Okay, so back to the exam room. Don’t make assumptions about your trans patient. Toss all your assumptions out the door. They are harmful. We (trans people) are not a singular identity. We are vast and diverse, and there’s no one way to transition or to exist as a trans person. Someone is just as trans if they opt to not medically or surgically transition as they are if they opt for full medical and surgical transition. Only ask questions about transition if they are relevant to the patient's medical treatment. You don’t need to know about their transition if they are coming in with a broken bone. These questions are unnecessarily invasive if not relevant. Even if relevant, such questions can still be super uncomfortable for the trans patient so be sensitive when asking them. If the patient doesn’t wish to disclose their transition, respect that.
When discussing body parts, ask what words the patient uses to describe their body and use those terms. Body dysphoria is a real thing and renaming body parts helps.
Now, let's say you need to perform a physical exam. Okay, so, medical transition information may be relevant--once again,though, respect the patient’s “no,” if they say no. Ask them what would make them the most comfortable, and if they permit you to do the physical, tell them what you are doing at every step.
Some Final Trans-Affirming Thoughts
First, hire trans workers when possible. When I hardly see myself reflected in the media and working environments, it feels really validating to see someone like me. It makes the place feel safer.
Second, bring in a trans-led organization to give sensitivity training. And pay them well. This is emotional labor on their part and they didn’t have to come in for you. This is a gift from them. Treat it as such. Ongoing training is necessary to keep staff fresh.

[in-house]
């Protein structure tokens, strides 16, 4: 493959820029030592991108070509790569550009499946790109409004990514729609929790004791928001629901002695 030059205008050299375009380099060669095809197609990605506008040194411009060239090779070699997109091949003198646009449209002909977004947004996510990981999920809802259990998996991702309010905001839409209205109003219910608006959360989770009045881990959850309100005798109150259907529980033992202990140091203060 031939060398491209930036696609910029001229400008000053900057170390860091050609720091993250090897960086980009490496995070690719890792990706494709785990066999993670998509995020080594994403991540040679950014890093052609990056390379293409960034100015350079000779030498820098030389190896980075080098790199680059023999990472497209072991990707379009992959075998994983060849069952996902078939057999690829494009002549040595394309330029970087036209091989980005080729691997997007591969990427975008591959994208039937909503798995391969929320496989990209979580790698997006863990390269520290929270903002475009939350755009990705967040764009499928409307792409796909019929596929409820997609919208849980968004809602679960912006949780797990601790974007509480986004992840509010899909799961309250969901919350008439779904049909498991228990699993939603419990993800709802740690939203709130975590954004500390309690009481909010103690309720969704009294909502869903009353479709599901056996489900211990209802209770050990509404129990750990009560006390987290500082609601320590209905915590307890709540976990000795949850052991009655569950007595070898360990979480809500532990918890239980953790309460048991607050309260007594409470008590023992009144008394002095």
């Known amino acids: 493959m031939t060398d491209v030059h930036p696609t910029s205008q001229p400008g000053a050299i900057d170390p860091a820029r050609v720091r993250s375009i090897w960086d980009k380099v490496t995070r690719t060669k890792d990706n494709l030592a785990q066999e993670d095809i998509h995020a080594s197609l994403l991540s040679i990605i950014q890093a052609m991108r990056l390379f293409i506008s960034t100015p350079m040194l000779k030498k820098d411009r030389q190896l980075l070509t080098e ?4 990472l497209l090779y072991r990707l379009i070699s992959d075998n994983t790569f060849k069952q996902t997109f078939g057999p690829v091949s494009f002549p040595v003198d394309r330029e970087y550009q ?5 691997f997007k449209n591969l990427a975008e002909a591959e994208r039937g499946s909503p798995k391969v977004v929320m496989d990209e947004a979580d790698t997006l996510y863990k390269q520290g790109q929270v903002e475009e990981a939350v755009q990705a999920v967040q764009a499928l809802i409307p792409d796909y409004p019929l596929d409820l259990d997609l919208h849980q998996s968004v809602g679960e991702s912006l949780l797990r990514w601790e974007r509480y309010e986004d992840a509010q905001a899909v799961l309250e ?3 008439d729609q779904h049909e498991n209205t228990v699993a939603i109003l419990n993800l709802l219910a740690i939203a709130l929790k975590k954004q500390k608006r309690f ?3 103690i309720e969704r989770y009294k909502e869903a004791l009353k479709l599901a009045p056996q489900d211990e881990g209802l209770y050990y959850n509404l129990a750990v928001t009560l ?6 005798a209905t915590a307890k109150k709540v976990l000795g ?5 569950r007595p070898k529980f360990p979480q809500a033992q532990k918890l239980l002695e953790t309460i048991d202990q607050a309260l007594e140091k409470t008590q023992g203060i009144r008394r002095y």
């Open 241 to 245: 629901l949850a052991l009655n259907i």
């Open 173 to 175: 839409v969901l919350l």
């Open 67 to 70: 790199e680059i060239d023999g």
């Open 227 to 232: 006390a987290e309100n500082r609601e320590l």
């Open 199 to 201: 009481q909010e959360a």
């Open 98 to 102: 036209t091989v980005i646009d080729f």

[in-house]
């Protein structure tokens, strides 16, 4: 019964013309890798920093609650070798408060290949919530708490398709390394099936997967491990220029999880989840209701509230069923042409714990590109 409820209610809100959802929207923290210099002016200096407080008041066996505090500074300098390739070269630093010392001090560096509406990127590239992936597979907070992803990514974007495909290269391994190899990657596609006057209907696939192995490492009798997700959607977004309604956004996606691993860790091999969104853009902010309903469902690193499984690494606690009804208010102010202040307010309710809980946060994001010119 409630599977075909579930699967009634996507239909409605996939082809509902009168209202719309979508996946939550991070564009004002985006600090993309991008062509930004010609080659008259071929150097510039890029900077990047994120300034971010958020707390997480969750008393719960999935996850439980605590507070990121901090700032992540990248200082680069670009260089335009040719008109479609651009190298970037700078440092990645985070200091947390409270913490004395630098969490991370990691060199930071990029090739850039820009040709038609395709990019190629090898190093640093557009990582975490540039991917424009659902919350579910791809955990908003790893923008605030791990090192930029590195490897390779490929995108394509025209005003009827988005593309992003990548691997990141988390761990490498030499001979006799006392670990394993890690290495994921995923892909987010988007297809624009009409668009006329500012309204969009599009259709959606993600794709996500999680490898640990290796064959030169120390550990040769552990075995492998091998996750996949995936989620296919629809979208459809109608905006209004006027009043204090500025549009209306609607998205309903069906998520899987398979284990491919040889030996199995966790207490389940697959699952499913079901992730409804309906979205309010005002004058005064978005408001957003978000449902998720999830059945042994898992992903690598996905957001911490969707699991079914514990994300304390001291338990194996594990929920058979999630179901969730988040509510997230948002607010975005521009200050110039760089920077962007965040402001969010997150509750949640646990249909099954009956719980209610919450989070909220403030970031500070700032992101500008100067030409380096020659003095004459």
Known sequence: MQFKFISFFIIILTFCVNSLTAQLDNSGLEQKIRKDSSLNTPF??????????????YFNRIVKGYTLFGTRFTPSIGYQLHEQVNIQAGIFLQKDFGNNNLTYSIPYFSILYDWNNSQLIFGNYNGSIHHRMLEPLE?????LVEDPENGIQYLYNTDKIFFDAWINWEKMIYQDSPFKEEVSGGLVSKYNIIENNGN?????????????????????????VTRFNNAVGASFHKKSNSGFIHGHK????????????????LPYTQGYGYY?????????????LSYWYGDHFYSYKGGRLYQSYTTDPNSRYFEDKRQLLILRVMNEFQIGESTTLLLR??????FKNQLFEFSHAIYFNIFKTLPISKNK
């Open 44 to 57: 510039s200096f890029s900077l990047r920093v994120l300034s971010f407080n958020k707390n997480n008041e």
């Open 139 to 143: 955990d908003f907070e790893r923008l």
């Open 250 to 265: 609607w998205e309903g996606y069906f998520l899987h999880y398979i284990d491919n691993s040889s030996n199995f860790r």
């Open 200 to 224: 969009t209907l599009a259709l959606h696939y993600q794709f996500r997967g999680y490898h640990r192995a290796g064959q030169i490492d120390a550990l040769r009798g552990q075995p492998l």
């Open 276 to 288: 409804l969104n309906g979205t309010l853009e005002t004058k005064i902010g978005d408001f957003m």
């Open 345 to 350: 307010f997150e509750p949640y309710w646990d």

Third, please educate yourselves. Discrimination is high, especially in 2021--just look at all the laws trying to ban trans people from life saving medical care and sports. I highly recommend reading books by trans authors. I also recommend curating your social media feed so that it includes trans voices, especially trans doctors (don’t assume you know what trans people want and need--go to trans people themselves). Don’t expect trans people to educate you--that is your responsibility, not ours. Google is free! Use it! Believe us and listen to us. Queer people attempt suicide at 3 times the rate compared to their cis-het peers. Thus, listening, validation, respecting, and curating a safe space is critical.
Thank you. Further reading is attached as a hyperlink below.
- Caring for Transgender and Gender-Diverse Persons: What Clinicians Should Know. Klein, David A., Paradise, Scott L, and Emily T. Goodwin. Am Fam Physician. 2018 Dec 1;98(11):645-653.
Photo by Sharon McCutcheon on Unsplash
Quin is a 16 year old Sophomore in High School. He enjoys writing and drawing. He's an LGBTQ+ advocate and sits on the Trans Queer Youth Collective (T.Q.Y.C.) Board of Directors. His goal is to create an equitable world where all trans people can thrive.